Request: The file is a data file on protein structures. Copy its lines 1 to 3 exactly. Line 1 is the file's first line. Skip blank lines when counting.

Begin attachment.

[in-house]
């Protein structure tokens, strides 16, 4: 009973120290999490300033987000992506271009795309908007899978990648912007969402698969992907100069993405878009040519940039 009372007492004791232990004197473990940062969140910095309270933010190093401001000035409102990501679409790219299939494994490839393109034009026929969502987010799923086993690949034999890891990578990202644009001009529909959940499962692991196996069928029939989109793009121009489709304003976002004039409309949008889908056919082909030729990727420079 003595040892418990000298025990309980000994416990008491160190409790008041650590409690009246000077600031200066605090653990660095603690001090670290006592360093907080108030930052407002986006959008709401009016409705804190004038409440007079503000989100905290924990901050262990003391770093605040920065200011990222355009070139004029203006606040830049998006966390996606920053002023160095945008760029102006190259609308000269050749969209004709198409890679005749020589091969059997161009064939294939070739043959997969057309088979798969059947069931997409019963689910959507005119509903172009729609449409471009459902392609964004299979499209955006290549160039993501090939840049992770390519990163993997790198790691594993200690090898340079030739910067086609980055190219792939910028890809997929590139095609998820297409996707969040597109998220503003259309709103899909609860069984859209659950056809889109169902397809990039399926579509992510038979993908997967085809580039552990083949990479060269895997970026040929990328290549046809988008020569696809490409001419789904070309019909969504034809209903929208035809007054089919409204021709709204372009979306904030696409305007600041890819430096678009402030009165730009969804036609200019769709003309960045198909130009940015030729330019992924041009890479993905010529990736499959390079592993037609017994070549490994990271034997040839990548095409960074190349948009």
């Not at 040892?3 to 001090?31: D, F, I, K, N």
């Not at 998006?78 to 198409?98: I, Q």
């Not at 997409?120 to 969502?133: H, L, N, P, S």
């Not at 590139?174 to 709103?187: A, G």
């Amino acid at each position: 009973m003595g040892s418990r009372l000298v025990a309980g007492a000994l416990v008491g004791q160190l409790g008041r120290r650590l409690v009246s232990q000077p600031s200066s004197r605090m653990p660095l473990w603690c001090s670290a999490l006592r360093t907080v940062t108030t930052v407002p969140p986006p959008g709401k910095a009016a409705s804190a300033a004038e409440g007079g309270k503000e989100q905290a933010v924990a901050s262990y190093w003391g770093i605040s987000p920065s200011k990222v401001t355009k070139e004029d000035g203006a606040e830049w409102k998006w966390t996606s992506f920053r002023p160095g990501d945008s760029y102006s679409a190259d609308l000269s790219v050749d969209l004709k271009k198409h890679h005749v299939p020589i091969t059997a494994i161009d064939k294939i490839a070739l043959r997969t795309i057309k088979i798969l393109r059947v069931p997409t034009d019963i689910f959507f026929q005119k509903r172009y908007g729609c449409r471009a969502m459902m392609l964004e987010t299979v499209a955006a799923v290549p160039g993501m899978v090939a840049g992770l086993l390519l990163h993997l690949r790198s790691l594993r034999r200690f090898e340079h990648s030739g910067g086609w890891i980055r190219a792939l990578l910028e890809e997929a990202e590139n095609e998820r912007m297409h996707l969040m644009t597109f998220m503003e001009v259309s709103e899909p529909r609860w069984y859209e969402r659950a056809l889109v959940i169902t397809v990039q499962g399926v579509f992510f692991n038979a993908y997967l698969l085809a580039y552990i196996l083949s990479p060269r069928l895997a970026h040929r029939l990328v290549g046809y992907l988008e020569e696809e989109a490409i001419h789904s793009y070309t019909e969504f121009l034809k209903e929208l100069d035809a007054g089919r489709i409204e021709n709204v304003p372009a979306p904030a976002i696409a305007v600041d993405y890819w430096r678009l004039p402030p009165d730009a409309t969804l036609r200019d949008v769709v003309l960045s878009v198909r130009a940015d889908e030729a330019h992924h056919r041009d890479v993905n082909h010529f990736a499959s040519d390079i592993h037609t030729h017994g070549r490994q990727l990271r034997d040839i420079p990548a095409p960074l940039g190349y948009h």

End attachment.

[in-house]
């Protein structure tokens, strides 16, 4: 009973120290999490300033987000992506271009795309908007899978990648912007969402698969992907100069993405878009040519940039 009372007492004791232990004197473990940062969140910095309270933010190093401001000035409102990501679409790219299939494994490839393109034009026929969502987010799923086993690949034999890891990578990202644009001009529909959940499962692991196996069928029939989109793009121009489709304003976002004039409309949008889908056919082909030729990727420079 003595040892418990000298025990309980000994416990008491160190409790008041650590409690009246000077600031200066605090653990660095603690001090670290006592360093907080108030930052407002986006959008709401009016409705804190004038409440007079503000989100905290924990901050262990003391770093605040920065200011990222355009070139004029203006606040830049998006966390996606920053002023160095945008760029102006190259609308000269050749969209004709198409890679005749020589091969059997161009064939294939070739043959997969057309088979798969059947069931997409019963689910959507005119509903172009729609449409471009459902392609964004299979499209955006290549160039993501090939840049992770390519990163993997790198790691594993200690090898340079030739910067086609980055190219792939910028890809997929590139095609998820297409996707969040597109998220503003259309709103899909609860069984859209659950056809889109169902397809990039399926579509992510038979993908997967085809580039552990083949990479060269895997970026040929990328290549046809988008020569696809490409001419789904070309019909969504034809209903929208035809007054089919409204021709709204372009979306904030696409305007600041890819430096678009402030009165730009969804036609200019769709003309960045198909130009940015030729330019992924041009890479993905010529990736499959390079592993037609017994070549490994990271034997040839990548095409960074190349948009």
């Not at 040892?3 to 001090?31: D, F, I, K, N």